From the cell phone alarm that wakes them to the tablets used to chat with friends and complete homework, today’s students are surrounded by computer technology. It is ubiquitous, and critical to daily routines. Yet few understand how this technology works, even as it becomes ever more intrinsic to how we solve business and community challenges.
Today, computer science helps retailers determine how to grow sales and helps ensure that law enforcement officers are in the right places to maintain public safety. It is the foundation for the smart grid, and it fuels personalized medicine initiatives that optimize outcomes and minimize treatment side effects. Computing algorithms help organizations in all industries solve problems in new and more effective ways.
Inseparable From the Future of Education
According to the U.S. Bureau of Labor Statistics, by 2020 there will be 1.4 million new computer science jobs. However, between current professionals and university students, we will only have 400,000 computer scientists trained to fill those roles.
Since it can take as many as 25 years to create a computer scientist, and since computer science skills are becoming increasingly integral for jobs in all industries, this skills gap is on track to emerge as a formidable economic, security, and social justice challenge in the next few years. Teachers, schools, parents, and industry must act on multiple fronts to address student readiness, expand access to computer science curriculum and opportunities, and help foster interest in computer science to ensure that it becomes a core component of every child’s education.
Tackling the Challenges
Even though computer science skills are becoming increasingly important in the competitive global economy, there are some significant roadblocks that prevent schools from incorporating computer science into the curriculum and exposing more students to the subject.
Currently, very few schools make computer science available to students. According to the College Board, in 2013, only 9 percent of schools offered the AP Computer Science exam. This lack of course offerings is compounded by the fact that there is a significant lack of teachers who are qualified to engage students in computer science—those who have a deep knowledge of the topic often take jobs in industry—and a lack of student interest in taking these advanced courses, at least partly due to a misconception that computing experts are boring, male, and always in front of their computers.
Overall student engagement numbers are low even relative to other STEM fields, and female and minority students in particular are vastly underrepresented in existing computer science courses. Of the 30,000 students that took the AP Computer Science exam, less than 20 percent were female, only 3 percent were African American, and approximately 8 percent were Hispanic, according to the College Board.
These issues stunt the expansion of computer science and prevent students from gaining the basic technology literacy that will be imperative for future workers in all fields. Communities, schools, and industry must work together to integrate computer science in schools from a young age to help both encourage diversity in technology-related fields and ensure that students of all ethnicities, genders, and socioeconomic backgrounds have the opportunity to learn these skills.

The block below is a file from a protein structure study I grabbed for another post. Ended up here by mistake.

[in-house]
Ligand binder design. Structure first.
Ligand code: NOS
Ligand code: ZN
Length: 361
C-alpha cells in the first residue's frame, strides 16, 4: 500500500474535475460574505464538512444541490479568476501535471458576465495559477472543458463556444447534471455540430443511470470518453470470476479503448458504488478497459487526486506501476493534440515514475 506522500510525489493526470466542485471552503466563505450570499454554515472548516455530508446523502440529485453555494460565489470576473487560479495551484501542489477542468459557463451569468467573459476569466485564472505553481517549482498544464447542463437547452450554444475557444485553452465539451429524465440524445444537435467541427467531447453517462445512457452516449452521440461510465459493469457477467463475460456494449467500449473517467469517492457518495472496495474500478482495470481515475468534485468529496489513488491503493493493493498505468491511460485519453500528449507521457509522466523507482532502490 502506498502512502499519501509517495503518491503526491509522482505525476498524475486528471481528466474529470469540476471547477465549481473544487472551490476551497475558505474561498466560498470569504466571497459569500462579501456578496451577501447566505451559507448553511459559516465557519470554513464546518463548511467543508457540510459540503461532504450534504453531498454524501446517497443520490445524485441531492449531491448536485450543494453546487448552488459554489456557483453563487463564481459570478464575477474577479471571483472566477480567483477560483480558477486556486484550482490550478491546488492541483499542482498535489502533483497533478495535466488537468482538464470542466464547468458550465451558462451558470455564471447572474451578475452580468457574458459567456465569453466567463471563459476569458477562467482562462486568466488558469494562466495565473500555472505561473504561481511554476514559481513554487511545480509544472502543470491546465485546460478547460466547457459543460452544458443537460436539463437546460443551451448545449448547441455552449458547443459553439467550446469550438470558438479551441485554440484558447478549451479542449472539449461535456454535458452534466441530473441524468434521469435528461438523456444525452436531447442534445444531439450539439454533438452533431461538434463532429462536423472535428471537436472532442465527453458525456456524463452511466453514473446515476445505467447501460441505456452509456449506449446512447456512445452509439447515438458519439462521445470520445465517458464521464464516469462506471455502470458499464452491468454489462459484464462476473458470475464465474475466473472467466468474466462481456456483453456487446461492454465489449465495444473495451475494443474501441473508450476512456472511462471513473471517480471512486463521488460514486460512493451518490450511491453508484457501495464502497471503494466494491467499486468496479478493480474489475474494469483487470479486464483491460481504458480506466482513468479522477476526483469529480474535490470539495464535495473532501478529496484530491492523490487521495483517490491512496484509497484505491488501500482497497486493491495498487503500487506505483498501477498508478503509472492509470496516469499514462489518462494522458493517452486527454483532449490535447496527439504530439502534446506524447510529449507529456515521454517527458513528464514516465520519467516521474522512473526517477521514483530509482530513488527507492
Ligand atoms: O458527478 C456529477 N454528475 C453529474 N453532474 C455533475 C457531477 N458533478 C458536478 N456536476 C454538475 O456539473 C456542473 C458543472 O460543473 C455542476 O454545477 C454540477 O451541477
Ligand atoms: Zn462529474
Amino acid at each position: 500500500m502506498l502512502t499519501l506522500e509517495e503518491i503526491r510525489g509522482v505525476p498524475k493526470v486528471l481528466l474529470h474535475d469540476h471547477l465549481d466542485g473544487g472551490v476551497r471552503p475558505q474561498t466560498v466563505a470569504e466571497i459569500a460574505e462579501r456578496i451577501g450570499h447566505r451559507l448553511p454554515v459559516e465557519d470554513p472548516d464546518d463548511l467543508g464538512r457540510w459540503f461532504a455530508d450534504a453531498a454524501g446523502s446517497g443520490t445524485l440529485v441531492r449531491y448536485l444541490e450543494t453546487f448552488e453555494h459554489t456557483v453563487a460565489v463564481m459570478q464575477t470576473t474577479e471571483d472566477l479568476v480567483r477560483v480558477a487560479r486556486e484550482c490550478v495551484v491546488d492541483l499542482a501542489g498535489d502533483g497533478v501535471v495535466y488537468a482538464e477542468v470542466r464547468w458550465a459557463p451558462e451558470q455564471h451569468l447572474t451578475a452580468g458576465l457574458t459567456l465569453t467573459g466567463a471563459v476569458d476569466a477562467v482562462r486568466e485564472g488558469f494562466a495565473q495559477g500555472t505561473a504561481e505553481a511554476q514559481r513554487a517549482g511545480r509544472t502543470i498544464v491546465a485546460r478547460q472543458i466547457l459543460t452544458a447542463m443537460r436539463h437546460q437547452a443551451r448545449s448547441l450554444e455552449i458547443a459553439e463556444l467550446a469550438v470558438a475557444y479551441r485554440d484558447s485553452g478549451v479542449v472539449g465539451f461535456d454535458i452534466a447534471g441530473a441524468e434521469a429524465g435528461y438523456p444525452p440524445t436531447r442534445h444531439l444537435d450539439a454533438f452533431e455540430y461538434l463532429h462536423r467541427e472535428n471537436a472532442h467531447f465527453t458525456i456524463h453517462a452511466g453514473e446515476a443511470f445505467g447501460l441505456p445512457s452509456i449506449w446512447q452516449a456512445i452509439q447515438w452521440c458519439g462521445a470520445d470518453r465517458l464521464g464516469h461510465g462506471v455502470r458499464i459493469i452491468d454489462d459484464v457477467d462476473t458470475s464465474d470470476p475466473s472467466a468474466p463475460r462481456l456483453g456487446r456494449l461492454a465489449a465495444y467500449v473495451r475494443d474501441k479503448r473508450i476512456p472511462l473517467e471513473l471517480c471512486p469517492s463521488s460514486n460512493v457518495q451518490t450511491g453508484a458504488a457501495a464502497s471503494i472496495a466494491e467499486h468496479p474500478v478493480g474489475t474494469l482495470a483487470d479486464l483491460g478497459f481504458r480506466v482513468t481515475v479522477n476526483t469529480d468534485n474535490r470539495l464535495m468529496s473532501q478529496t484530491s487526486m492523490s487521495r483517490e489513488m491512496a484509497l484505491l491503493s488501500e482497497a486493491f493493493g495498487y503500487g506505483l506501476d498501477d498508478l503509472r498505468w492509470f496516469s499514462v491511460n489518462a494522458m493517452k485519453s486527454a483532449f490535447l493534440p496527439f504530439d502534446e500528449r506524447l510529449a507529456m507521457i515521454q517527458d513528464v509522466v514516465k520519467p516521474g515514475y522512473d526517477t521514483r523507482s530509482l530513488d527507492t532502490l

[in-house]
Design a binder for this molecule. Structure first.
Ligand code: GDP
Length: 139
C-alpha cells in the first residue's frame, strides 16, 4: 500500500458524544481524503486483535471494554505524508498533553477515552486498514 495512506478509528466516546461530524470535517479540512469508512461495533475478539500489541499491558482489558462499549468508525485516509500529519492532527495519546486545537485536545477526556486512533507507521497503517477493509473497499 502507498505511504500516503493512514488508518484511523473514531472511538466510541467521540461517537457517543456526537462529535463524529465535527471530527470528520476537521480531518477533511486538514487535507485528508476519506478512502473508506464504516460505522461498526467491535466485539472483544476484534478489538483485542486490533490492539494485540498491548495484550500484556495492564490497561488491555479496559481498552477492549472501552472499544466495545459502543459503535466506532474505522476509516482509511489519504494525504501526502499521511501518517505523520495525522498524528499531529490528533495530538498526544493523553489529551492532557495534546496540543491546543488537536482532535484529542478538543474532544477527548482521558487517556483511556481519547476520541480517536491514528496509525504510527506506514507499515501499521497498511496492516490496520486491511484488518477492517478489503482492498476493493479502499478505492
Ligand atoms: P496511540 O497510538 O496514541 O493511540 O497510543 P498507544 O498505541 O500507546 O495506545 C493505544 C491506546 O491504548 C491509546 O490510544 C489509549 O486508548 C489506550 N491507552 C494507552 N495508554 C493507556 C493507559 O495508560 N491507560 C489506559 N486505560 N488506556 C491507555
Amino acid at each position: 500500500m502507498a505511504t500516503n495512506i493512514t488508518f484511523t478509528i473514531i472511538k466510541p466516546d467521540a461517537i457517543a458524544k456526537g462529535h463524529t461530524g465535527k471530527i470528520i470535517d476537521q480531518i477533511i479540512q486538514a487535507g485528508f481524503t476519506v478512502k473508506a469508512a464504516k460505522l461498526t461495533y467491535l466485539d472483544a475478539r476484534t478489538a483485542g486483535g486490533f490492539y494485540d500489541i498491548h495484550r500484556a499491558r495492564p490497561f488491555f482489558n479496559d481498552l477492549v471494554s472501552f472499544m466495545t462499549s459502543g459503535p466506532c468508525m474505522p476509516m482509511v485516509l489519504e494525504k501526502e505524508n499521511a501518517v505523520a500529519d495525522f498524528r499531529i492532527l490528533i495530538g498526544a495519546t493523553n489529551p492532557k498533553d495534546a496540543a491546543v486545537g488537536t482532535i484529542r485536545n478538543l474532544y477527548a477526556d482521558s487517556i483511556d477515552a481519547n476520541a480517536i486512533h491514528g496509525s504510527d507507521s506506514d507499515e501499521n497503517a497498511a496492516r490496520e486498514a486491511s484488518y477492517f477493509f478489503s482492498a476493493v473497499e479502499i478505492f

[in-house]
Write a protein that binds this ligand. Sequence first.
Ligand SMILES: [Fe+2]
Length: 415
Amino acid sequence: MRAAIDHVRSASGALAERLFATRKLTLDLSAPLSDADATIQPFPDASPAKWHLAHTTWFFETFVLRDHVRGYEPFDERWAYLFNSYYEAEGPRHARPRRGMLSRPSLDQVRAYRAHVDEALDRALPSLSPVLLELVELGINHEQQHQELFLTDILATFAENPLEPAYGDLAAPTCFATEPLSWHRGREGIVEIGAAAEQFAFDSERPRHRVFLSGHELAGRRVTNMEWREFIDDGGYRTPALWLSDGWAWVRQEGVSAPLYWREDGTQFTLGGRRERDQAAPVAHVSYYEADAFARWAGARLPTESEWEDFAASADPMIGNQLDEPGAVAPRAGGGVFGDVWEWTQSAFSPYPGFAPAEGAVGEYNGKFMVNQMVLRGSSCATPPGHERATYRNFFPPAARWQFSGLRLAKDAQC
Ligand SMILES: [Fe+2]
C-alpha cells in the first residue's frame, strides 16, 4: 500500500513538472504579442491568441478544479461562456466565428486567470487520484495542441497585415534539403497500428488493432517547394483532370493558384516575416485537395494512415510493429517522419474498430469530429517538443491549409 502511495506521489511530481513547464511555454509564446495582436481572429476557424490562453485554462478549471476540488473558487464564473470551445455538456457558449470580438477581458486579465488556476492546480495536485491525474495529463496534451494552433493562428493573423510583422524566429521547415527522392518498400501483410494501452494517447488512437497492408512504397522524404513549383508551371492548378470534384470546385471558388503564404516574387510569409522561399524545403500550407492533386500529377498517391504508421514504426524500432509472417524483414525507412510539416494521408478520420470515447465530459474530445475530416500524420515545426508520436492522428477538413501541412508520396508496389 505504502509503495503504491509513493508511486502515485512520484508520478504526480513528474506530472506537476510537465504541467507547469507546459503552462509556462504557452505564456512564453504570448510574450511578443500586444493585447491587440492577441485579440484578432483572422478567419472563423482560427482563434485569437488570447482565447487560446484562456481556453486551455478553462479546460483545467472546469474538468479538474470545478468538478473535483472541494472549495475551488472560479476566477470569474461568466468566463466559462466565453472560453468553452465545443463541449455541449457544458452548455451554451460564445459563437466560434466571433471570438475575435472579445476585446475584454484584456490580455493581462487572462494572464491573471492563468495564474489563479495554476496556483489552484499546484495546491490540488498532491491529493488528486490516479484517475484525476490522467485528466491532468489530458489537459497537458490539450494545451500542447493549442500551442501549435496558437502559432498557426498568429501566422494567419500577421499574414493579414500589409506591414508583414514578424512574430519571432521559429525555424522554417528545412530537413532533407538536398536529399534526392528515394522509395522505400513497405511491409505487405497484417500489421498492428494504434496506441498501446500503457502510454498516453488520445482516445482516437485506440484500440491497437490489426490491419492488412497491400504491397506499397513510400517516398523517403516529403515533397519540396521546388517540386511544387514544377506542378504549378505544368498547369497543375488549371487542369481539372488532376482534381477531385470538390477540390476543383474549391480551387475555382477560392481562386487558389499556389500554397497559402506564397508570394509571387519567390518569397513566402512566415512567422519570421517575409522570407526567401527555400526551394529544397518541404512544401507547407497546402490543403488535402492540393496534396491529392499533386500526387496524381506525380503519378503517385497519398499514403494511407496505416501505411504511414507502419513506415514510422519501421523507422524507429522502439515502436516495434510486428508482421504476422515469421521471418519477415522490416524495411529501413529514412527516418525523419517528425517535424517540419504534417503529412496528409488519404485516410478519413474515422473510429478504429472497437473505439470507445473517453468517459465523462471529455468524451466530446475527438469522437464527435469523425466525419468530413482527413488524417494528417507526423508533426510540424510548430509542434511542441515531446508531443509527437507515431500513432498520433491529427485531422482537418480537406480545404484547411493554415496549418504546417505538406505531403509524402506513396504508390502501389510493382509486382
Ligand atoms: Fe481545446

5 Steps for Taking Action Now
While a comprehensive, long-term plan is needed to incorporate computer science education in all schools and to ensure that students are prepared for the jobs of tomorrow, there are simple steps that teachers, schools, parents, and industry can take today to integrate computer science into classrooms and begin to overcome the above-mentioned challenges.
1. Professional development: Teachers can register for online or in-person training courses to learn how to teach a computer science curriculum or integrate basic computer science principles into existing lesson plans.
2. Career education: Parents, teachers, and schools can educate students about the career opportunities available to those who get computer science degrees. While it could mean working for technology giants like Apple and Oracle, students can also use computer science skills to advance healthcare research or help a non-profit build a case for government funding.
3. Student incentives: Teachers can offer students extra credit for using free online learning tools to develop basic computer science skills and create a project. (A good place to start is the Computer Science Teachers Association.)
4. Mentor programs: Industry and schools can formalize a mentorship program that will encourage and support students to learn more about computer science and develop their skills inside and outside the classroom via after-school programs or co-taught lessons.
5. Coding for kids: Parents can help kids develop confidence in their problem-solving abilities and explore computer science in action in their lives and communities with age-appropriate coding apps such as Scratch for younger children or MakeGamesWithUs for high school students.
Inseparable From the Future of Our Society
Students, parents, educators, and industry all have a vested interest in better integrating computer science into the K–12 experience. Our economic stability and national security depend on a population with solid computer science skills and coding literacy. The future of education must focus on making computer science an integral part of every child’s education to ensure that students of all genders and backgrounds have a chance to pursue these opportunities.